But, of course, not all of us carry around pocket thermometers when we go drinking, so how can you translate this information when you are out at a bar? Witte, who does a considerable amount of work around town with bar draught systems, says that he constantly recommends that keg coolers be kept at 38° F. He notes that consistent temperatures are key in ensuring that beer doesn't foam on tap, and since most bars don't have the capability to customize temperatures for each line, this is a safe one-size-fits-all temperature. By the time this beer travels through lines, is poured into a glass, and arrives in front of you, it has likely warmed up to somewhere in the low 40's.

Obviously, the article from the Publication-Who-Shall-Not-Be-Named showed that there are plenty of bars around town that are seemingly cranking down their cooler temperatures and slanging frosted glasses to appease the desires for cold beer. But now, using that resource for typical bar pouring temperatures, and supplementing with this guide to the actual temperature at which you'd probably want to drink a certain beer style, you can have a better idea of when that glass might need a few minutes of warm loving from your hands before you dive in.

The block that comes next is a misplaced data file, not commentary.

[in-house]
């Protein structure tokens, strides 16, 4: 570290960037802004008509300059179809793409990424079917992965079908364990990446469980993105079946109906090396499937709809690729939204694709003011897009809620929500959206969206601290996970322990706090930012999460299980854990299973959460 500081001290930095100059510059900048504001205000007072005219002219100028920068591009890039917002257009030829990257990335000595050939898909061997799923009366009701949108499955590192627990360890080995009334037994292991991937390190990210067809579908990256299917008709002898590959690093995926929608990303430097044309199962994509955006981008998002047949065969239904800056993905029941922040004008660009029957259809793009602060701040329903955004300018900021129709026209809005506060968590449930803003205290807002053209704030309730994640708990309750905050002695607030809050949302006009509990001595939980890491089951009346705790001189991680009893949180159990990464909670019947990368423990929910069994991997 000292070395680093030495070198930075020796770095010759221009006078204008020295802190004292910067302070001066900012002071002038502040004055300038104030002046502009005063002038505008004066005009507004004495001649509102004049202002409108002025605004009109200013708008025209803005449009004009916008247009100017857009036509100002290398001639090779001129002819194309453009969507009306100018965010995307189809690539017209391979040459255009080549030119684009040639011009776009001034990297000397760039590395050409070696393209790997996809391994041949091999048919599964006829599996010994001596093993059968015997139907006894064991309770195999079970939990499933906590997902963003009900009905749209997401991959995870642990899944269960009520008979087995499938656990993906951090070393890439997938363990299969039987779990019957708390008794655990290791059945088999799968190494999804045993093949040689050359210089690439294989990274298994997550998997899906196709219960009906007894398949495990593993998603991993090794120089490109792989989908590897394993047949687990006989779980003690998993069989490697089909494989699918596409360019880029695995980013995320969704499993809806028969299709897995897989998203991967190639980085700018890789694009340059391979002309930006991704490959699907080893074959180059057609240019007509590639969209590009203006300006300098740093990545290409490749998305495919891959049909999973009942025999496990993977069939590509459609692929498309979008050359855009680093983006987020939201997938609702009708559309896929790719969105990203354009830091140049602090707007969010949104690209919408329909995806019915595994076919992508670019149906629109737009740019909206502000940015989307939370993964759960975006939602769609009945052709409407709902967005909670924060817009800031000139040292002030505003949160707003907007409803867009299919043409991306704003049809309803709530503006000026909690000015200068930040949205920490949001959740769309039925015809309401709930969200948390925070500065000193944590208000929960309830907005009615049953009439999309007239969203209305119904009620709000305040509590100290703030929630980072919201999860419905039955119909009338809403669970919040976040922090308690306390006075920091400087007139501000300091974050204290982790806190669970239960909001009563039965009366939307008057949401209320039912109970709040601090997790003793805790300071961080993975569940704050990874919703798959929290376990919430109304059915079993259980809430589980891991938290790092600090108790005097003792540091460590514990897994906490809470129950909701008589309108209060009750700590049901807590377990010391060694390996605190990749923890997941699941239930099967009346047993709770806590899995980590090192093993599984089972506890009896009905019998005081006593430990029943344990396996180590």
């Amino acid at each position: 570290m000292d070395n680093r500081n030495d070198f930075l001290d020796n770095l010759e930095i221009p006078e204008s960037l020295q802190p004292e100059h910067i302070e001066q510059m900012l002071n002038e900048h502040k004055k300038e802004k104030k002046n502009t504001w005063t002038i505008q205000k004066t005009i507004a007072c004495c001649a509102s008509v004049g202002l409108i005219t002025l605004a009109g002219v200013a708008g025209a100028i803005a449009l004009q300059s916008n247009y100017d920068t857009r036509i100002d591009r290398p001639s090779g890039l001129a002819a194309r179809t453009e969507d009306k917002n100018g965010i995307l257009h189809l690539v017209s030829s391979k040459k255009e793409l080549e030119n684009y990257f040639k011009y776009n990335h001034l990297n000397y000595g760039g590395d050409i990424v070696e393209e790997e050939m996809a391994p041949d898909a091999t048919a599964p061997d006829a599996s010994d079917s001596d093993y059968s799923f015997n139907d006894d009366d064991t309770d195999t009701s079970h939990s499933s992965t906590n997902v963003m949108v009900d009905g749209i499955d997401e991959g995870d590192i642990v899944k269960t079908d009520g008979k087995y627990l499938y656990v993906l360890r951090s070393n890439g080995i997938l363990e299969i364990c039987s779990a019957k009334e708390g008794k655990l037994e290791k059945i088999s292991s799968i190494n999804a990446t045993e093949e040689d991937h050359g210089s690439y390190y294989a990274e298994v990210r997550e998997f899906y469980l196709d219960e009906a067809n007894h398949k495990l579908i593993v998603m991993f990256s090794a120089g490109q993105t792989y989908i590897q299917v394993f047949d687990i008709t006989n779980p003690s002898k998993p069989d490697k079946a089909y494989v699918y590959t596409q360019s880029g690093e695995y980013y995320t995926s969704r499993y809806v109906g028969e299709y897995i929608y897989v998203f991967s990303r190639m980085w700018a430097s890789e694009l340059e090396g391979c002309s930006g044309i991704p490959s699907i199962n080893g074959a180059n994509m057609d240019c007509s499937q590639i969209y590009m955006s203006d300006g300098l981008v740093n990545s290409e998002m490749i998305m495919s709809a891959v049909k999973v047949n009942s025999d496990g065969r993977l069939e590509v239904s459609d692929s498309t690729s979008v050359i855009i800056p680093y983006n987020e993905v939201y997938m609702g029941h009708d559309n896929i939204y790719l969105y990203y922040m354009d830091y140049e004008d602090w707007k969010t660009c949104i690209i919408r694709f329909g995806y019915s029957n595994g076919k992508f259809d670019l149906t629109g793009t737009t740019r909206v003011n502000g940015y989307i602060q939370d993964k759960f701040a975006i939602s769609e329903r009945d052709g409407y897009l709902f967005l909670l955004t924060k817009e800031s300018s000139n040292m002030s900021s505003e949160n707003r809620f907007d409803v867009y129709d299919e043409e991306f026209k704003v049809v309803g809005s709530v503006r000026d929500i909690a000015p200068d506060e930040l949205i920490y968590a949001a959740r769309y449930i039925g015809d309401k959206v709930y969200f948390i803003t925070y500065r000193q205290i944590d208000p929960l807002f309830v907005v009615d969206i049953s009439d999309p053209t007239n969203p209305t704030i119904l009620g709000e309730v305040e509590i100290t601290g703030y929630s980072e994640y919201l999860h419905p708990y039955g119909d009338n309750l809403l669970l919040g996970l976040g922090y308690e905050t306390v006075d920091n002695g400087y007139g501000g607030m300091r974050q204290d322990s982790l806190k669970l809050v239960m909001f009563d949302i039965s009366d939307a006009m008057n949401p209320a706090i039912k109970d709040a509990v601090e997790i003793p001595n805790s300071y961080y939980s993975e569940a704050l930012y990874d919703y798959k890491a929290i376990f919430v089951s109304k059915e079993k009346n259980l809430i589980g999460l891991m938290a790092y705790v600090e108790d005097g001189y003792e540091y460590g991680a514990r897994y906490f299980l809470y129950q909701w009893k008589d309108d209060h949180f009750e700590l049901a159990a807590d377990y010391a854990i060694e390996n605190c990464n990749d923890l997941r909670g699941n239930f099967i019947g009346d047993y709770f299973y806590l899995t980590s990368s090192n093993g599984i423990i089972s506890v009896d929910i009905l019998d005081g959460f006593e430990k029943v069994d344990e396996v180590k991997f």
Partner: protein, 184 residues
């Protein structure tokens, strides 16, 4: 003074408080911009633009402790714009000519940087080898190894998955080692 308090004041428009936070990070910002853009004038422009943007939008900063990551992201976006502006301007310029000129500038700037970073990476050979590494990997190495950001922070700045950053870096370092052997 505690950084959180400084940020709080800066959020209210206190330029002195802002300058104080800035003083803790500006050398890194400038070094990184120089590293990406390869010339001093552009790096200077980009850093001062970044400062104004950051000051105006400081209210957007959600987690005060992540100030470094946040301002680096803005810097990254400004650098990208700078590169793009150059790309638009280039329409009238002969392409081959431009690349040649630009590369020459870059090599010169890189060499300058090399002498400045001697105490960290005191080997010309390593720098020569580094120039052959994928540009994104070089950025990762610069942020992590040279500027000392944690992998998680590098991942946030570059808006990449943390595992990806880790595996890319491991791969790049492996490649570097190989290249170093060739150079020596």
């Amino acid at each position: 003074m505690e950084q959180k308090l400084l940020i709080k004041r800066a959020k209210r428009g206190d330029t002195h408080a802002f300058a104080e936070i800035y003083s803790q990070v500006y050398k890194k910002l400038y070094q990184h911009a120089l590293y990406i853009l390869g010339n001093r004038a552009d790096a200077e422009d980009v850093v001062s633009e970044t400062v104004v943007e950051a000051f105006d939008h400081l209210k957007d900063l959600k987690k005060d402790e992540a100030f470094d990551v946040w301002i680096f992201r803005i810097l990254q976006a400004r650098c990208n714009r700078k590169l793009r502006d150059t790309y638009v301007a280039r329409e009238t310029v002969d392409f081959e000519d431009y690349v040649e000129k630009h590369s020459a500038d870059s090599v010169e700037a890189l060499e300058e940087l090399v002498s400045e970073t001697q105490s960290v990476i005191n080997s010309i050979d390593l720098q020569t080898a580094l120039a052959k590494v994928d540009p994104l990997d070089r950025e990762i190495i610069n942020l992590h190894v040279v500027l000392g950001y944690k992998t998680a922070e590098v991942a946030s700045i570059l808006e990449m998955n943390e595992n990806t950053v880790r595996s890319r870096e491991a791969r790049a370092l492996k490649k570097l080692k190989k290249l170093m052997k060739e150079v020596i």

So go forth and seek a patio this summer. And if you order that Doppelbock, don't be afraid to let the sun work a little magic on it. Because when it comes to beer, colder does NOT always equal better.


  1. The Pitch's beer article made me chuckle a little. People are coming around to craft beer, but many people still perpetuate these silly BMC myths.

  2. I think the Pitch (why are they a "certain unnamed publication" and "publication who shall not be named"?) was just doing a fun summery bar roundup, as opposed to making a serious case that colder is better. Also, when it's hot as shit outside, sometimes you DO want a really cold beer, and you don't really care about whether the Pilsner you're drinking should be served at 40 degrees or 50 degrees.

  3. @Reader